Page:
Bioinformatics Algorithms in Java
What the heck is NeoBio? NeoBio is a library of bioinformatics algorithms implemented in Java.
What algorithms? The current version consists mainly of (pairwise) sequence alignment algorithms such as the classical dynamic programming methods of Needleman & Wunsch (global alignment) and Smith & Waterman (local alignment).
Anything else? Yes, a more efficient approach, due to Crochemore, Landau and Ziv-Ukelson is also available. It uses Lempel-Ziv compression to speed-up the computation of the dynamic programming matrix. It also relies on the SMAWK algorithm, due to Aggarwal et al., that computes all column maxima of a totally monotone matrix in linear time.
Hum... And all sequence alignment algorithms support simple scoring schemes as well as substitution matrices such as standard BLOSUM and PAM matrices. But so far they support constant gap penalty functions only. Future versions may contain related algorithms such as multiple sequence alignment, database search and protein structure prediction.
Wow...Last but not least, NeoBio also provides a simple GUI and command line based tools to run the sequence alignment algorithms on DNA and protein sequences.
NeoBio project is hosted at SourceForge.net and is available in two distributions. The executable JAR file can be used to easily run the library's main utility as described in the next section.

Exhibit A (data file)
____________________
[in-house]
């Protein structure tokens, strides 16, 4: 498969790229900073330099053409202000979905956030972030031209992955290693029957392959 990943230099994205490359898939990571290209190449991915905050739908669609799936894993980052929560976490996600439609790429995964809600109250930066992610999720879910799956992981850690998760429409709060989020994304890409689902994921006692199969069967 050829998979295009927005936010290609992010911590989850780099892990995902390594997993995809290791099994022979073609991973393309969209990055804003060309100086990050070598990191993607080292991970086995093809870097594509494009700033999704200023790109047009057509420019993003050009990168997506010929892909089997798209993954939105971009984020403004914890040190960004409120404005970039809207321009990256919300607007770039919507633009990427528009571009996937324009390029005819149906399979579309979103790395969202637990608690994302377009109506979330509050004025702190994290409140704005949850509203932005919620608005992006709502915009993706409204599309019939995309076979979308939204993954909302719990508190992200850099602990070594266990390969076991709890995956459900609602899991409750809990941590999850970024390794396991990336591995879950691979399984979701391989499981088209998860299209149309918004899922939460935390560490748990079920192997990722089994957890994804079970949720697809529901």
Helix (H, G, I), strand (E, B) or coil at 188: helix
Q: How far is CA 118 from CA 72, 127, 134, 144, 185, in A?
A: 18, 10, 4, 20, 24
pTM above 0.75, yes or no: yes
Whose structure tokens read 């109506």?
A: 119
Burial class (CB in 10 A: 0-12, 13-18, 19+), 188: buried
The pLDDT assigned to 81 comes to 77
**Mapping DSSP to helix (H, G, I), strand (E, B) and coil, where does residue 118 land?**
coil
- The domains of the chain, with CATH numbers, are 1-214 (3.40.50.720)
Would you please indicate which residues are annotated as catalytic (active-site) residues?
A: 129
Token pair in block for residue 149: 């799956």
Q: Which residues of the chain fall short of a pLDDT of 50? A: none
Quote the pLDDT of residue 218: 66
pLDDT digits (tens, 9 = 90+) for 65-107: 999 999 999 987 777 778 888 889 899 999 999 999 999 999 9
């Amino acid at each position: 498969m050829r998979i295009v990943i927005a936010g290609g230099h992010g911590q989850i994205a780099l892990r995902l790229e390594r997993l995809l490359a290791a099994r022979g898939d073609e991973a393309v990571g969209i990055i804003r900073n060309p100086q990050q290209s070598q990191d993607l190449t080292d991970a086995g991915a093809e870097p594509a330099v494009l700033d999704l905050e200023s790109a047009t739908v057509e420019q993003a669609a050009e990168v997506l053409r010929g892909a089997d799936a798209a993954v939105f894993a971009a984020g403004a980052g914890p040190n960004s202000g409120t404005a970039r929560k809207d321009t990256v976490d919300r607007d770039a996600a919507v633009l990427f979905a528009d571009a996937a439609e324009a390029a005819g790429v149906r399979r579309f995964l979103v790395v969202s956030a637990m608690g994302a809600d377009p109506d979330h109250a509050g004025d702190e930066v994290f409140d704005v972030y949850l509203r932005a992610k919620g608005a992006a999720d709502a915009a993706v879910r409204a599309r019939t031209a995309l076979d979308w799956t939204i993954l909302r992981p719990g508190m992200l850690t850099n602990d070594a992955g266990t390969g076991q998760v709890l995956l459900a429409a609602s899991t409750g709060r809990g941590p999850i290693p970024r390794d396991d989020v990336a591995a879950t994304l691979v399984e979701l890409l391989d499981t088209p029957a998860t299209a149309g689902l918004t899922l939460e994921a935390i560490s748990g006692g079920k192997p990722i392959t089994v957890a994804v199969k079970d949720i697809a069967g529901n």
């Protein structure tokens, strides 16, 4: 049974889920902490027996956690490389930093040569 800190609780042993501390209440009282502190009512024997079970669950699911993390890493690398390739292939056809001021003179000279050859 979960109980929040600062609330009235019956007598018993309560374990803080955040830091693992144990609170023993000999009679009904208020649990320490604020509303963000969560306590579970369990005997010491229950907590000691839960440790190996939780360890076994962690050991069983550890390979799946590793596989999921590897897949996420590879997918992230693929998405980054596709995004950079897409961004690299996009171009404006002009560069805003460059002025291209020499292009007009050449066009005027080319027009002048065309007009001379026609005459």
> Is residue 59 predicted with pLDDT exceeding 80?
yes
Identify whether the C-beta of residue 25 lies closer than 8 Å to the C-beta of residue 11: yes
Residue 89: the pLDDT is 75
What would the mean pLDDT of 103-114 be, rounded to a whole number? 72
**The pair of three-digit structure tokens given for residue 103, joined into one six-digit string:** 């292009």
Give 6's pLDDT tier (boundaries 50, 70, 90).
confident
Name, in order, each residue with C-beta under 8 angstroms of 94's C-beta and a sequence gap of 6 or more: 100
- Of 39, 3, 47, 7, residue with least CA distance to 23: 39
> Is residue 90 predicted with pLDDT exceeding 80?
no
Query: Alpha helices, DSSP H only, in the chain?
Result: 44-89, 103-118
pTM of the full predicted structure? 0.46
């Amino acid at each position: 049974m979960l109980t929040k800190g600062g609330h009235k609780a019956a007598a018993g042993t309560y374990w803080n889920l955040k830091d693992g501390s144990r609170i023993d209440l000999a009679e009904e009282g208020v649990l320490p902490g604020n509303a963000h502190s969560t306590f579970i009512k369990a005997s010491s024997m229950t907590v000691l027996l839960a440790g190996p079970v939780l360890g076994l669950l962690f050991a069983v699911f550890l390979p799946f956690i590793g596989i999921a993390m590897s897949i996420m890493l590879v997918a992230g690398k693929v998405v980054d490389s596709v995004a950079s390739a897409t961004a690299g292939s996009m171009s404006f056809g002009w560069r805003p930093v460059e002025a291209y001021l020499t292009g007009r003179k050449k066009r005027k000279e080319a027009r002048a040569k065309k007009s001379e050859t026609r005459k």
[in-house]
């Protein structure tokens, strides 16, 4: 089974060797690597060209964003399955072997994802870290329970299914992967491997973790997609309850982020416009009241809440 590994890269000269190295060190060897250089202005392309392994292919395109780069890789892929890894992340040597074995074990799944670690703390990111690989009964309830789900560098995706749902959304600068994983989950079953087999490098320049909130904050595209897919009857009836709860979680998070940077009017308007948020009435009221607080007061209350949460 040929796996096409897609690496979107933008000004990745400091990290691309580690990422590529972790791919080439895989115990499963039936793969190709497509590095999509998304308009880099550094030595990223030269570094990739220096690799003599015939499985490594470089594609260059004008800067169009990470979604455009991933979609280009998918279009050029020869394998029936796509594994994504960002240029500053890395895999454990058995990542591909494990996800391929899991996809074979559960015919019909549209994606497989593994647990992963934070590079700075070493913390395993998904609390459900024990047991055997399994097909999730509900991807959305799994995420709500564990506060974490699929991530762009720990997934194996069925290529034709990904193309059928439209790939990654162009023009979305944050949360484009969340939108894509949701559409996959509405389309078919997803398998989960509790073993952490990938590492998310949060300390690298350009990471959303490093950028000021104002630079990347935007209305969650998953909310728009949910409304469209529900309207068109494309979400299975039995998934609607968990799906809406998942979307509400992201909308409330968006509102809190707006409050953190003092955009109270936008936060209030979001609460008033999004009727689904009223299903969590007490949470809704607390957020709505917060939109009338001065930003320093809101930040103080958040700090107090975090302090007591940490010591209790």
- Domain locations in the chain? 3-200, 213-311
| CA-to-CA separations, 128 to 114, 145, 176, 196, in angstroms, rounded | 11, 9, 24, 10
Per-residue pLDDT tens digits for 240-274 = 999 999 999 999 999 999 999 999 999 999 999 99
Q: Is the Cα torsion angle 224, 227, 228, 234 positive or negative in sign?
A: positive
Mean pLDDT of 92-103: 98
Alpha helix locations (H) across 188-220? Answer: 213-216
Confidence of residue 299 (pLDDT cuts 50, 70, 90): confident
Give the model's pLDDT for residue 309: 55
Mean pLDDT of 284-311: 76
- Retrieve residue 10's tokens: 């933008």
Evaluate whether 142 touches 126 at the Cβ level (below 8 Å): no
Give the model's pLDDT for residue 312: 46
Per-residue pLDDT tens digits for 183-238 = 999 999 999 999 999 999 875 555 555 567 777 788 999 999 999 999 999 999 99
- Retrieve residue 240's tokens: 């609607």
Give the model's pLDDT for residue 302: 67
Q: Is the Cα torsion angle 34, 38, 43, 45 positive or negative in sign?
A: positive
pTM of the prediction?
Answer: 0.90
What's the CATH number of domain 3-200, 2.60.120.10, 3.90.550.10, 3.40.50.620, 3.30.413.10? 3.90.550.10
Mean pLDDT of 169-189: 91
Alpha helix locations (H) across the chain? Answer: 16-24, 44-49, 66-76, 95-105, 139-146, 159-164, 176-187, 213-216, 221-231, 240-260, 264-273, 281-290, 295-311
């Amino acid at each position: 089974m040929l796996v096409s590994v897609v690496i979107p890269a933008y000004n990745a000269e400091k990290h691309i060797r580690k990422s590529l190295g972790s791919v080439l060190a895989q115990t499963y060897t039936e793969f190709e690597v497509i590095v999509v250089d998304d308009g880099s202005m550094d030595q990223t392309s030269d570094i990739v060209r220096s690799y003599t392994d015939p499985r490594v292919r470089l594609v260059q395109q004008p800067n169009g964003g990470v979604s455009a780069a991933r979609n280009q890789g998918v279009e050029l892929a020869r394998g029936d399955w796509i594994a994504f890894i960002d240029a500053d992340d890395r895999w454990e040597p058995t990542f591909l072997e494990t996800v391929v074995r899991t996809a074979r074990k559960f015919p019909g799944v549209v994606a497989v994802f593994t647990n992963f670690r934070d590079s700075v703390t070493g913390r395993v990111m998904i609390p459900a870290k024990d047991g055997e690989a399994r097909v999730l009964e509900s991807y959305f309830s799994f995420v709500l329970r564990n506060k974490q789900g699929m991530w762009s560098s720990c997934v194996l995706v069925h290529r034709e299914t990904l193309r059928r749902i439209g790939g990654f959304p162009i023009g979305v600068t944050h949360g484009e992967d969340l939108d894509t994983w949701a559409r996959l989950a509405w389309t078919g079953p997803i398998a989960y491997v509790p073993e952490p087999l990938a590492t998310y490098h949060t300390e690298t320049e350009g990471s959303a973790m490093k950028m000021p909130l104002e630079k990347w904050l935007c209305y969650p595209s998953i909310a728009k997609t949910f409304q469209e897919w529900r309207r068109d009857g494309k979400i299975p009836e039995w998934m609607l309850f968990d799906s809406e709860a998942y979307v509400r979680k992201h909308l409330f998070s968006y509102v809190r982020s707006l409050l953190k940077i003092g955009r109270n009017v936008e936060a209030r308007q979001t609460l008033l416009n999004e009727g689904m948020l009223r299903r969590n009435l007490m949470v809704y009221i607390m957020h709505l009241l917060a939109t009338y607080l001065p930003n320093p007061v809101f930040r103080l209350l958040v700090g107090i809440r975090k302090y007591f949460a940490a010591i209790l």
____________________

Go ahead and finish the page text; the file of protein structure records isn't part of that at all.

The ZIP file can be used to compile the source code as described in the compiling section. It contains:
NeoBio is free software, so feel free to download and use it at your own will.
NeoBio was developed in Java and therefore requires a compliant Java VM (virtual machine). Sun's VM can be downloaded from here.
The easiest way to experiment with NeoBio is to download the JAR file and run the GUI tool. Simply go to the directory where the JAR file was saved and type the following command:
java -jar neobio.jar
NeoBio has also a simple command-line tool that works in a similar way. To run this utility, download and extract the ZIP file to your machine. Then, go to the directory where the file was extracted and execute the following commands:
cd bin java neobio.textui.NeoBio <algorithm> <S1> <S2> [M <matrix> | S <match> <mismatch> <gap>]
NWfor Needleman & Wunsch (global alignment),
SWfor Smith & Waterman (local alignment),
CLZGfor Crochemore, Landau & Ziv-Ukelson (global alignment) or
CLZLfor Crochemore, Landau & Ziv-Ukelson (local alignment);
<S1>is the first sequence file;
<S2>is the second sequence file;
M <matrix>for using a scoring matrix file;
S <match> <mismatch> <gap>for using a simple scoring scheme, where
<match>is the match reward value,
<mismatch>is the mismatch penalty value and
<gap>is the cost of a gap (linear gap cost function).
When the ZIP file is extracted, several DNA and protein sequences as well as common PAM and BLOSUM substitution matrices can be found in the data directory. They can be used to compute alignments as in the following examples: